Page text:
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Weight Change in Post-Menopausal Women with Breast Cancer during Chemotherapy-Perspectives on Nutrition, Activity and Bone Metabolism: An Interim Analysis of a 5-Year Prospective Cohort

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Women with breast cancer are a growing population due to improved screening and treatment. It has been described that chemotherapy can negatively affect patients' metabolism. The aim of this study is to assess weight gain during chemotherapy treatment in an interim analysis on an ongoing prospective cohort of women with early breast cancer. To help untangle the many possible reasons for weight change, we examine blood tests, Patient-Reported Outcomes (PROs), and bone mineral density (BMD). We find that the 38 women that have measurements taken after chemotherapy have an average weight gain of 1.2 kg although not significant. Together with this, there is a significant drop in HDL cholesterol, an increase in triglycerides, and a non-significant tendency towards decreased insulin sensitivity. PROs show that although the women experience more pain and fatigue, they have higher activity levels. BMD is at an expected level according to age. All in all, we see an increased focus on physical activity and nutrition, leading to less severe metabolic changes as previously reported. However, even though more measures are taken, we still see an overall negative metabolic impact with unknown long-term implications.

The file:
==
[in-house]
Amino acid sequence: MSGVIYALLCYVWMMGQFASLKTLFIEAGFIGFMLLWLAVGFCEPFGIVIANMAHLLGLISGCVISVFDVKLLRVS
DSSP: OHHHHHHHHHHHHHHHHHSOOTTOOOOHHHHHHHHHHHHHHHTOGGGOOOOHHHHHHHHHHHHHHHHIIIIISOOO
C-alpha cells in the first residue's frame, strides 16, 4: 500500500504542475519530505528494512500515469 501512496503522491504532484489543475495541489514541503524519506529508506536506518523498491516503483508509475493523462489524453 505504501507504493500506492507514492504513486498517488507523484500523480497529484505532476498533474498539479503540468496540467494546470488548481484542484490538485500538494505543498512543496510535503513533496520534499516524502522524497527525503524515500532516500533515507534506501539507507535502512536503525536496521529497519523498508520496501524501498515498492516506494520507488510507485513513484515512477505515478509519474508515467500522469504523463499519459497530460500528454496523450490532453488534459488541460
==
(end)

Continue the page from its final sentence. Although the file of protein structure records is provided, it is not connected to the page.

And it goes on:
OriginalsprogEngelsk
Artikelnummer2902
TidsskriftNutrients
Vol/bind13
Udgave nummer8
ISSN2072-6643
DOI
StatusUdgivet - 23 aug. 2021

ID: 67834396